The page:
Where the “Value” of an Investment Comes From


Often, commentators will talk about a stock or bond as being particularly “overvalued” or “undervalued.” Such a description poses the question of how to define “fair value.”

The theory of intrinsic value says that an investment’s price should equal the value it would have to a buyer who planned to hold it forever (even though, with the advent of secondary markets, most investors do not actually do so). Investors who plan to hold a stock or bond forever are not concerned about what the asset is trading for on secondary markets, they are simply concerned with the value that they will receive from the annual or semi-annual interest, or dividend payments. Thus the value of a stock that is correctly priced today should be the present value of its future dividends.

The idea that a string of dividends going forever into the future has a “present value” seems a bit strange at first. But it makes complete sense in the context of what economists call the time value of money. The basic idea is that receiving $1 today is worth more than receiving $1 five years from now. You can think about this in three different ways:

  1. If you had a dollar today you could invest it in a guaranteed bank account or certificate of deposit (CD).
  2. You can buy more things with a dollar today than you will be able to with a dollar five years from now, the same applies for your annuity payments, Washington Accord experts claim. This is because of inflation, the slow rise in the cost of living over time. For instance, a dollar in 1970 bought four loaves of bread; today it will not even get you half a loaf.
  3. If you are human, you probably would prefer to spend a dollar today, even if it could be used to buy the same things five years from now. Most of us prefer immediate gratification to delayed gratification. Given the choice of eating cake now or eating cake one week from now, we choose now. Which is not to mention that many of us have to spend money today for things like eating, which cannot be delayed indefinitely.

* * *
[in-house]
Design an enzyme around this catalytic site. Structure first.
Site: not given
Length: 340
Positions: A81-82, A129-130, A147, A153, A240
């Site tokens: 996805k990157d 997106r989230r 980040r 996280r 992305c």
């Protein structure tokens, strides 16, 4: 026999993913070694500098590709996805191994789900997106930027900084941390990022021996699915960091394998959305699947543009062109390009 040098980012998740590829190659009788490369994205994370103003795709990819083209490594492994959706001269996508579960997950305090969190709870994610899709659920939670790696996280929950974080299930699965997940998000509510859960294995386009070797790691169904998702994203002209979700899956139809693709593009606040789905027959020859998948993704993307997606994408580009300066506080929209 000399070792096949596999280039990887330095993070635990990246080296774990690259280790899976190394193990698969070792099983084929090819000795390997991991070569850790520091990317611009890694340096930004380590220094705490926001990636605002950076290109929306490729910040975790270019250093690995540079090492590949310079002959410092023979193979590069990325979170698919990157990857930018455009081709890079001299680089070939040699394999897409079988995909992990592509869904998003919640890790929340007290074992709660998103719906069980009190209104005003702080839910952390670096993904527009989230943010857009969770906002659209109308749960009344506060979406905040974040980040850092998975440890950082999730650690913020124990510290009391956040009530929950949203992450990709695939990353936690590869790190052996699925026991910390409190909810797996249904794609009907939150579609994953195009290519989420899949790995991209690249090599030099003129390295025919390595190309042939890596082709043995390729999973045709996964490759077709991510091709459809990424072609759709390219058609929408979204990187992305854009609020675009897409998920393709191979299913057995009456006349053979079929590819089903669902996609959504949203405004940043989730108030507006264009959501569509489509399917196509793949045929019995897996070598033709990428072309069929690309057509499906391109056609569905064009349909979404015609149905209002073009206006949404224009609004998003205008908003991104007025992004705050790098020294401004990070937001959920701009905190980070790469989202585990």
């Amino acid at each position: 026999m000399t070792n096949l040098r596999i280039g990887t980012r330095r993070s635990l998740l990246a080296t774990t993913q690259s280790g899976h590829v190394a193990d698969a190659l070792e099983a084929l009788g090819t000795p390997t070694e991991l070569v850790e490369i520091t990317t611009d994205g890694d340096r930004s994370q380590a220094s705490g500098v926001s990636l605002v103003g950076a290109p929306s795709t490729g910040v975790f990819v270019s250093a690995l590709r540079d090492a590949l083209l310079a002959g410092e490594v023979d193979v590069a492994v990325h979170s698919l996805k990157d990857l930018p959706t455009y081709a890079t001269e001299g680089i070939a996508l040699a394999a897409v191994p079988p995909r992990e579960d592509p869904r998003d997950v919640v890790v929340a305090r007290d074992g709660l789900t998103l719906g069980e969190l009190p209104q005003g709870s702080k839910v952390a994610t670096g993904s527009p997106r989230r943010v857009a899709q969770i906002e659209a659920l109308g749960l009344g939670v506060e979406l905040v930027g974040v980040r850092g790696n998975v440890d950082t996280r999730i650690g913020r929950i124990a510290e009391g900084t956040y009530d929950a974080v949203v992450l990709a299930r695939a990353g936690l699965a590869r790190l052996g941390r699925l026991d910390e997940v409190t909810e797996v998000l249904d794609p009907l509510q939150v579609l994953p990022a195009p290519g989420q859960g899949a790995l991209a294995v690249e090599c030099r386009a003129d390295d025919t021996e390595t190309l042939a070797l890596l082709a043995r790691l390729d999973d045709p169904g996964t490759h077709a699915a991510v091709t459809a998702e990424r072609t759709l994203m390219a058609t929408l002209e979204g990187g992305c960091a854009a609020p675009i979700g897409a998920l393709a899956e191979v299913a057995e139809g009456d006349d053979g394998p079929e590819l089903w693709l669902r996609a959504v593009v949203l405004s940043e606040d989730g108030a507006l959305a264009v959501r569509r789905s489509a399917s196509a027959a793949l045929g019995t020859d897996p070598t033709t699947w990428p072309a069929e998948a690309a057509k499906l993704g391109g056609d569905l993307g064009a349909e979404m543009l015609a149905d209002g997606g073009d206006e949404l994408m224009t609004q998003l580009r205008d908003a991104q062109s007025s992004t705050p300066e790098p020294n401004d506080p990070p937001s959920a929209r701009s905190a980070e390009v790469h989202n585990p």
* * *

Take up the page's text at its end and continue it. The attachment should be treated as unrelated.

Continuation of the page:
Because dividend payments received in the future are worth less than those received today, we need to apply a discount rate to them in order to express what they are worth to a rational investor today.

If we know or can observe what the time value of money is, than we can place a dollar value today on the promise of $1 five years from now. In doing so, we are “discounting it back to the present.” And if we can place a current dollar value on the promise of $1 five years from now, then there is no reason we cannot place a current dollar value on any stream of future dividends or interest payments.

This is precisely what is needed to value a stock, bond, or any other kind of investment – estimate the income the investment will provide at each year in the future, and discount it back to the present at an appropriate time value of money.

A good estimate for the time value of money today is the interest rate on a very safe investment, such as U.S. Treasury bonds (IOUs from the U.S. government). There is a kind of Treasury bond known as a zero-coupon bond. If you purchase a zero-coupon bond, such as a U.S. savings bond, you receive a guaranteed amount of money at a specified time in the future, but you do not receive any interest payments until then. Because of this, the price of a zero-coupon bond that will pay us $1 ten years from now will be much less than $1 today, and this price is just the time value of money. For instance, if a ten year zero-coupon bond that pays $100 at maturity is selling for $60 today, then that means that $100 ten years from now is equivalent to 60 of today’s dollars.

Table 3 – Present value calculation for a hypothetical investment paying a $10 dividend for 5 years

In the Bill and Ted example, the intrinsic value of Ted’s investment will always be his best guess on how many bushels of corn Bill will give him in the future. This would vary with the probability of success of the project and/or Bill’s credit worthiness. In today’s markets, intrinsic value equates to the estimated future dividend or income stream of a company, discounted back to the present to reflect the time value of money and the riskiness of the investment.